From Ben Dunno, Warri
Over 500 members of the Host Communities of Nigeria (HOSTCOM) have warned against the proposed plan by the Federal Government to compensate some kidnappers with pipeline surveillance contracts, saying the gesture would be counter-productive in the ongoing war against violent crime in the country.
Speaking against the backdrop of the recent commitment made by the a presidential adviser to offer part of the surveillance contract to kidnappers of secondary school students in Igbonla, Epe, Lagos State, the body said it was out to resist such gestures to criminals.
While querying the justification behind the proposed contract offer to kidnappers, the HOSTCOM leadership noted that such an offer to some identified criminal elements in the society would further worsen the crime wave in the country, especially in the Niger Delta region, as many youths would also want to join in perpetrating all sorts of crimes, in anticipation of being rewarded with contracts.
HOSTCOM acting chairman, Chief Benjamin Style Tamaraebi, who addressed newsmen in Warri, Delta State, noted that although they have agreed to work with ex-agitators in the region because they were the ones who took all the risks in charting the course for self-determination, in line with the yearnings of the people, they would never work with kidnappers in whatever guise.
He said, “HOSTCOMM is already in discussion with ex-agitators towards monitoring and securing the pipelines in the Niger Delta region, but we would resist any plan to give abductors of students the pipeline surveillance contract, as this would encourage our youths to go into crime.”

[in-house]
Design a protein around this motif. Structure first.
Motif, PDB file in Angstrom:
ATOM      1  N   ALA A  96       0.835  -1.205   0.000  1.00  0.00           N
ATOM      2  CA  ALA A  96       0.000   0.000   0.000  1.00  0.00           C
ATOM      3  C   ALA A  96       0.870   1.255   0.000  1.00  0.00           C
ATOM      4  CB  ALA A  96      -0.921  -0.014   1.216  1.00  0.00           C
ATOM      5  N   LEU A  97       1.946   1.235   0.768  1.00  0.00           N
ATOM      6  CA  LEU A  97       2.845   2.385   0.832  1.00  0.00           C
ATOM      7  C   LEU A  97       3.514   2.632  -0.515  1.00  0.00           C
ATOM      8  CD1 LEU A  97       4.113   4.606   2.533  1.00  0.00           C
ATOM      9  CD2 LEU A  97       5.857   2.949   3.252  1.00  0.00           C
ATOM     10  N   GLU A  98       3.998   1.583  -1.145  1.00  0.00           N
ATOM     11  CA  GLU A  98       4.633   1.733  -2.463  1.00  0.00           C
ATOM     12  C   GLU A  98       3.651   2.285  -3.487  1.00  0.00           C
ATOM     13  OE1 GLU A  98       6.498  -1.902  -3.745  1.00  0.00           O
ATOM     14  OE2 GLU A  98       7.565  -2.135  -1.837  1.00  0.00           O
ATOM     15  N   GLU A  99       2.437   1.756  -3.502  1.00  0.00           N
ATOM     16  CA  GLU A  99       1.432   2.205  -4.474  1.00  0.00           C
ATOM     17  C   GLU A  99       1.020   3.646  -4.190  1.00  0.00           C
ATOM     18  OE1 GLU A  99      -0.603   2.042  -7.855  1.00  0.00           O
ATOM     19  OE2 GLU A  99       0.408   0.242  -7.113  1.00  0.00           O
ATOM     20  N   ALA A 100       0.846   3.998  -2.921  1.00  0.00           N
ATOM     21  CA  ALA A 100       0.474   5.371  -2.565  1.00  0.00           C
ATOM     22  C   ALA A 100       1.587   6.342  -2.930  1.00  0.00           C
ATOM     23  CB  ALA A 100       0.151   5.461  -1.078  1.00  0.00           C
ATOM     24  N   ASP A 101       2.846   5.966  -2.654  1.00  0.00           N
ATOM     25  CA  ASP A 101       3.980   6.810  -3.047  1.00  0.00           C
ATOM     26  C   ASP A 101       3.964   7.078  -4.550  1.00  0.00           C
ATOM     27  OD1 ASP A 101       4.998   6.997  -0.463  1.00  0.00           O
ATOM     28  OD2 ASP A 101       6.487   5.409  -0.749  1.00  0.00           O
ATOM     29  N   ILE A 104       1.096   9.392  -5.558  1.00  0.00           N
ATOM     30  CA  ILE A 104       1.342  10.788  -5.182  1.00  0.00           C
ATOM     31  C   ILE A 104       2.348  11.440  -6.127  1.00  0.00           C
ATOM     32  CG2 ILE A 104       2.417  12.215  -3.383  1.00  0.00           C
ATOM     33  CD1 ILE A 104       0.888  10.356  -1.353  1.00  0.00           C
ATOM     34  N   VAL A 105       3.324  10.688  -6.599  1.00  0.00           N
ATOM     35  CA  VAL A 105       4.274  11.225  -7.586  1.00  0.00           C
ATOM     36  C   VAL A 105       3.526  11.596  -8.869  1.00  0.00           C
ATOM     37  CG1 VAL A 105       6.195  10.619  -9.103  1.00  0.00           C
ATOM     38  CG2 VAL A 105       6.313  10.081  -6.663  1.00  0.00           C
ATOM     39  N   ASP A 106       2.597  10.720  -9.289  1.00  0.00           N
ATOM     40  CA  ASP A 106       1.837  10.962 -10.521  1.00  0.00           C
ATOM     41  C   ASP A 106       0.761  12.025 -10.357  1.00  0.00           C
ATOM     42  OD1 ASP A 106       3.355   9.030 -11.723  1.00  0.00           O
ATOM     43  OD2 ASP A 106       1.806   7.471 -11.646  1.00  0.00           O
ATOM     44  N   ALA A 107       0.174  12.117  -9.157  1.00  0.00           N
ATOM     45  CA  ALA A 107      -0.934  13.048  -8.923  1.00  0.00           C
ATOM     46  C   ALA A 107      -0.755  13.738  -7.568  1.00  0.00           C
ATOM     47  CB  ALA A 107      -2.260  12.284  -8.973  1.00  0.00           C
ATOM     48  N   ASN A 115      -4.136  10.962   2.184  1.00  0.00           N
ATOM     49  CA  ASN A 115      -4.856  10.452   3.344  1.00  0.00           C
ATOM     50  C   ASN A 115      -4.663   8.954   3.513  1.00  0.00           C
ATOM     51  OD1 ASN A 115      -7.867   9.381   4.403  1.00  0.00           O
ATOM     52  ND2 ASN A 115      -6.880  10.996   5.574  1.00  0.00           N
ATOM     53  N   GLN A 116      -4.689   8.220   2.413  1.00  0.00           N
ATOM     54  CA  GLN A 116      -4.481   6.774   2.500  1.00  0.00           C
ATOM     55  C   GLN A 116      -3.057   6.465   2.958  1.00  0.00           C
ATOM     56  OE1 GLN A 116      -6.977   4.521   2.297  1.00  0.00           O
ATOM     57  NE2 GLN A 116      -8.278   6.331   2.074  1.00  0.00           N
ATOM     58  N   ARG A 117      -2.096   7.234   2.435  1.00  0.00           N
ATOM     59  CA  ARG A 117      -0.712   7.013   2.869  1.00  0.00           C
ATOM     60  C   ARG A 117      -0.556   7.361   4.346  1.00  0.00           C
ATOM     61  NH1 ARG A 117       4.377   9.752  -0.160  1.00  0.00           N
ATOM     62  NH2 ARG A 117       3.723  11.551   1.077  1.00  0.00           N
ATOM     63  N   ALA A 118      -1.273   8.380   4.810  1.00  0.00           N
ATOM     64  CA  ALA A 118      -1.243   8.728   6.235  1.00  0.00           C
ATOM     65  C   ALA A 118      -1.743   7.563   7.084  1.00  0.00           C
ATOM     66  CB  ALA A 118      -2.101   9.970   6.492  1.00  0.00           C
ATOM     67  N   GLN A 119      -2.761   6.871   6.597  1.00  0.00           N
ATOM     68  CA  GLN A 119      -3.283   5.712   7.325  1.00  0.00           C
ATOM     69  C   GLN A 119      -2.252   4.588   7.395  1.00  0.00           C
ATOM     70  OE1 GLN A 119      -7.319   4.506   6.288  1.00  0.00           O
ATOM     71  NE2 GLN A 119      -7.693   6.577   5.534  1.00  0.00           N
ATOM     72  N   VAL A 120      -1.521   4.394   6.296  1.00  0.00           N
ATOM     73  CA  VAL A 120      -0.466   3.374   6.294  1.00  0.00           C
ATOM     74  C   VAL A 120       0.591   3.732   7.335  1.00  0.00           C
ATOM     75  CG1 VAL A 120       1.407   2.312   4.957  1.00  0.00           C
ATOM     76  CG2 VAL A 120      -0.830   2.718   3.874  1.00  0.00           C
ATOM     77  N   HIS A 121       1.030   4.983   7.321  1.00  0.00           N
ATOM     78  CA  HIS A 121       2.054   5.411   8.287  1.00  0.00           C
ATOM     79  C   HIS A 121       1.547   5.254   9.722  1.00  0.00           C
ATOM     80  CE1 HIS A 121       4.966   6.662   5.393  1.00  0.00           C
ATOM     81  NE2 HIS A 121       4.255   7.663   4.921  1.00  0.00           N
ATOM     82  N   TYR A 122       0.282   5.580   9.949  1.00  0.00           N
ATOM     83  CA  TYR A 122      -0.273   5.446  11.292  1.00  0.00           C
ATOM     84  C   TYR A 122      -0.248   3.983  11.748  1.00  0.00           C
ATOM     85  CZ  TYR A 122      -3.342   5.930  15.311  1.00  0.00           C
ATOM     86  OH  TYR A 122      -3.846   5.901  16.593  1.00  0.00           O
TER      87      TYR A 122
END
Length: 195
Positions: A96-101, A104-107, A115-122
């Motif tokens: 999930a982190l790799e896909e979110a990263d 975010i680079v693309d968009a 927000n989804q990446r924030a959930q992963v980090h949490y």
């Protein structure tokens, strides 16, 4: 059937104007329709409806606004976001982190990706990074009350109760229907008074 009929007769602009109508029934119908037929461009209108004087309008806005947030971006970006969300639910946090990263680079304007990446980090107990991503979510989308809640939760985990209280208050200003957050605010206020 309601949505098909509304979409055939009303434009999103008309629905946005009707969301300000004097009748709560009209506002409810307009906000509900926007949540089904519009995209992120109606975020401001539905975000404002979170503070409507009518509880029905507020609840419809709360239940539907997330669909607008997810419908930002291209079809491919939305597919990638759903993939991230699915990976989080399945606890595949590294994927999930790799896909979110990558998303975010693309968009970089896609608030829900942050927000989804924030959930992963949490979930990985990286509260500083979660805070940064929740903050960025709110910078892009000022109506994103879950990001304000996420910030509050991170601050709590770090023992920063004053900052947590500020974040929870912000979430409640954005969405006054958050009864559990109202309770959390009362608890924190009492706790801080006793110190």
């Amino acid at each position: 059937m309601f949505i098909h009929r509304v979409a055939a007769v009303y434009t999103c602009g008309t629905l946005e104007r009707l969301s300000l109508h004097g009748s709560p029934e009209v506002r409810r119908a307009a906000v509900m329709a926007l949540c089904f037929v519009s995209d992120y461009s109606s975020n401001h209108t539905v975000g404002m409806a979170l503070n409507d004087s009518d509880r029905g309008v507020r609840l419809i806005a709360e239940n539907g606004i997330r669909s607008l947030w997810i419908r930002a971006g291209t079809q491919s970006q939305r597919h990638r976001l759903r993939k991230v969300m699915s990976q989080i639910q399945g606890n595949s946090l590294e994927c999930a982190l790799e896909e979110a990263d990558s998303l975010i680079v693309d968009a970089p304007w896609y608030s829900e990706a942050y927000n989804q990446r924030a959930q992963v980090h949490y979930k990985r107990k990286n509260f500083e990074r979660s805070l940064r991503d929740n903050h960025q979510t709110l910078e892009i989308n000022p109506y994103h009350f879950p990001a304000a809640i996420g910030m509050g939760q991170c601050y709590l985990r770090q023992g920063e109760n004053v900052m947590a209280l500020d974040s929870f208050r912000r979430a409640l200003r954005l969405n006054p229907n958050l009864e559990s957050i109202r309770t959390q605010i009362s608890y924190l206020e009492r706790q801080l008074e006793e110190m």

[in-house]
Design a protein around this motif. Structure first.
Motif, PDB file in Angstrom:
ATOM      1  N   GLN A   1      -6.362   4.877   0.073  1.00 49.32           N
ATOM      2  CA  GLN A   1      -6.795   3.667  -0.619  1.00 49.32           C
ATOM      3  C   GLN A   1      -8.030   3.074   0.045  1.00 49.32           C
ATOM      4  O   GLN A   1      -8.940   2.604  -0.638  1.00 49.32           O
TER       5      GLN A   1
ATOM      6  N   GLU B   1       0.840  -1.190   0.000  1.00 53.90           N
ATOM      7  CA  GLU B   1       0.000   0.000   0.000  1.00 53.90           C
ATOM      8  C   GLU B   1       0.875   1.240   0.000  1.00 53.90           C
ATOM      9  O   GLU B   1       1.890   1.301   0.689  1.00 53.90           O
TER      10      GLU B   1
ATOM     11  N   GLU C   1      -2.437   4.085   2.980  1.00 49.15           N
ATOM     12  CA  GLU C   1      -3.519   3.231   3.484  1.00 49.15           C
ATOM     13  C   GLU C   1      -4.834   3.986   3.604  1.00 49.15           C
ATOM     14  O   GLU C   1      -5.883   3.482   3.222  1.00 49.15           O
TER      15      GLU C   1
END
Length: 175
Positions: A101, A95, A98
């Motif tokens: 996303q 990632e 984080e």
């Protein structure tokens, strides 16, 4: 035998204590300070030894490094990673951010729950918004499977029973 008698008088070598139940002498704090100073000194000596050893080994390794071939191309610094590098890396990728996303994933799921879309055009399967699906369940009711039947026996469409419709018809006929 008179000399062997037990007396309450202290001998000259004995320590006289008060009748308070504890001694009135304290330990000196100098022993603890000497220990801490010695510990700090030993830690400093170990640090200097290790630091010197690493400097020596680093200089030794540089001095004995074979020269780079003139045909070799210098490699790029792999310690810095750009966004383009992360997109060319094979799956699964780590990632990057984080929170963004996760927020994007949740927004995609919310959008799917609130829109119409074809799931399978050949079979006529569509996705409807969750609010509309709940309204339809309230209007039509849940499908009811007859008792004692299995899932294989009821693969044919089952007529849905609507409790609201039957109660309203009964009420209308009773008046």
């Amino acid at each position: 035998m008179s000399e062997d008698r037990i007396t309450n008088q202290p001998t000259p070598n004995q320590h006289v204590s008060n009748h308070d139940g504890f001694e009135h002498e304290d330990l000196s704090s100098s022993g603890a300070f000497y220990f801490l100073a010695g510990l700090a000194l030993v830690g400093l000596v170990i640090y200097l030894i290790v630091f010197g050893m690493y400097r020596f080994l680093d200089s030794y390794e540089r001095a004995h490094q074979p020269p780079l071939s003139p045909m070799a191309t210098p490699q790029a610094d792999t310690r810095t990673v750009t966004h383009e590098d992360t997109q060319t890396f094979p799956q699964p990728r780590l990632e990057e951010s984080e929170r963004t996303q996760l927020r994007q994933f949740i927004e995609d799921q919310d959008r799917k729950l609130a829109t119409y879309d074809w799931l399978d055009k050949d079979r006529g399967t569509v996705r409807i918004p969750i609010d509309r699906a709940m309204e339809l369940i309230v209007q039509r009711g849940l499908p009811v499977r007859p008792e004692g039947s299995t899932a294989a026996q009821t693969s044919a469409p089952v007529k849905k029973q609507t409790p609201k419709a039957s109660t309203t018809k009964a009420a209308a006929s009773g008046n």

Tamaraebi, who was accompanied by other leaders, including the national coordinator of the organisation, Prince Maikpobi Okareme, said the offer was “an aberration, a staunch vomit, an affront to the host communities, which should be resisted with stiff opposition.”
“We expect nothing less than for the Federal Government to invite us to sign the agreement already reached with NNPC, who is in charge. Anything contrary to this agreement already reached shall bring vexation of anger, which should not be so contemplated at this very critical period in the Nigerian state,” he said.
Prior to the briefing, members of HOSTCOM, in their hundreds, had danced round major streets of Warri, displaying placards with various inscriptions, including: “Pipeline surveillance belongs to HOSTCOM and the ex-militants,” and “HOSTCOM objects to diversion of pipeline surveillance,” among others.